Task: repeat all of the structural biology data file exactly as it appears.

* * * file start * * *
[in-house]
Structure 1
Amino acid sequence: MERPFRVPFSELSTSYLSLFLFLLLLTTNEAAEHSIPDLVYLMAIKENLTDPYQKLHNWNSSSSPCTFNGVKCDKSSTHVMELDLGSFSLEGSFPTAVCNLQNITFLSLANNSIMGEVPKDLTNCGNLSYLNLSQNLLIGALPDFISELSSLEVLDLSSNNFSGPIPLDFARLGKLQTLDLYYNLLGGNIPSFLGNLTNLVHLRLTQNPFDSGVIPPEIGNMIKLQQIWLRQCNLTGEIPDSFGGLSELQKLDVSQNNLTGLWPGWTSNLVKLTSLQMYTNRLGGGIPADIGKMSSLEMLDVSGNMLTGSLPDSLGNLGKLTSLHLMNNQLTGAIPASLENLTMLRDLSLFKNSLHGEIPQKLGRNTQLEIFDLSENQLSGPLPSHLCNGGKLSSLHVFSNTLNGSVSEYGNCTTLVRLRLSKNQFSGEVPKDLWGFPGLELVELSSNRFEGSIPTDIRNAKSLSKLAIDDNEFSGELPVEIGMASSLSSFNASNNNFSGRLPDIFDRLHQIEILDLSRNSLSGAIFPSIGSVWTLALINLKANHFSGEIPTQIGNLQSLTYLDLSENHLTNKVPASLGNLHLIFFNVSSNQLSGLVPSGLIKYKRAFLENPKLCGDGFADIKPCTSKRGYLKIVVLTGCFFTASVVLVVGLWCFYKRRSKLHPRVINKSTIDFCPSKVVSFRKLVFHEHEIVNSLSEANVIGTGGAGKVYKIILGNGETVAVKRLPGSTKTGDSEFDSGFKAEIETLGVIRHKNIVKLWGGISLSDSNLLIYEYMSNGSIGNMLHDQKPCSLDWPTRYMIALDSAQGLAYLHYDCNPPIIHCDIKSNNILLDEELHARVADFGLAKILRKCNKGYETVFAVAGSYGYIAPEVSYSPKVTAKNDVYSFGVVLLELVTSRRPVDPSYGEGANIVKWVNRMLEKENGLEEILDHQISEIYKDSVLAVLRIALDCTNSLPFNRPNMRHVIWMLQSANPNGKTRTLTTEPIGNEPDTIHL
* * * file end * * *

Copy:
[in-house]
Structure 1
Amino acid sequence: MERPFRVPFSELSTSYLSLFLFLLLLTTNEAAEHSIPDLVYLMAIKENLTDPYQKLHNWNSSSSPCTFNGVKCDKSSTHVMELDLGSFSLEGSFPTAVCNLQNITFLSLANNSIMGEVPKDLTNCGNLSYLNLSQNLLIGALPDFISELSSLEVLDLSSNNFSGPIPLDFARLGKLQTLDLYYNLLGGNIPSFLGNLTNLVHLRLTQNPFDSGVIPPEIGNMIKLQQIWLRQCNLTGEIPDSFGGLSELQKLDVSQNNLTGLWPGWTSNLVKLTSLQMYTNRLGGGIPADIGKMSSLEMLDVSGNMLTGSLPDSLGNLGKLTSLHLMNNQLTGAIPASLENLTMLRDLSLFKNSLHGEIPQKLGRNTQLEIFDLSENQLSGPLPSHLCNGGKLSSLHVFSNTLNGSVSEYGNCTTLVRLRLSKNQFSGEVPKDLWGFPGLELVELSSNRFEGSIPTDIRNAKSLSKLAIDDNEFSGELPVEIGMASSLSSFNASNNNFSGRLPDIFDRLHQIEILDLSRNSLSGAIFPSIGSVWTLALINLKANHFSGEIPTQIGNLQSLTYLDLSENHLTNKVPASLGNLHLIFFNVSSNQLSGLVPSGLIKYKRAFLENPKLCGDGFADIKPCTSKRGYLKIVVLTGCFFTASVVLVVGLWCFYKRRSKLHPRVINKSTIDFCPSKVVSFRKLVFHEHEIVNSLSEANVIGTGGAGKVYKIILGNGETVAVKRLPGSTKTGDSEFDSGFKAEIETLGVIRHKNIVKLWGGISLSDSNLLIYEYMSNGSIGNMLHDQKPCSLDWPTRYMIALDSAQGLAYLHYDCNPPIIHCDIKSNNILLDEELHARVADFGLAKILRKCNKGYETVFAVAGSYGYIAPEVSYSPKVTAKNDVYSFGVVLLELVTSRRPVDPSYGEGANIVKWVNRMLEKENGLEEILDHQISEIYKDSVLAVLRIALDCTNSLPFNRPNMRHVIWMLQSANPNGKTRTLTTEPIGNEPDTIHL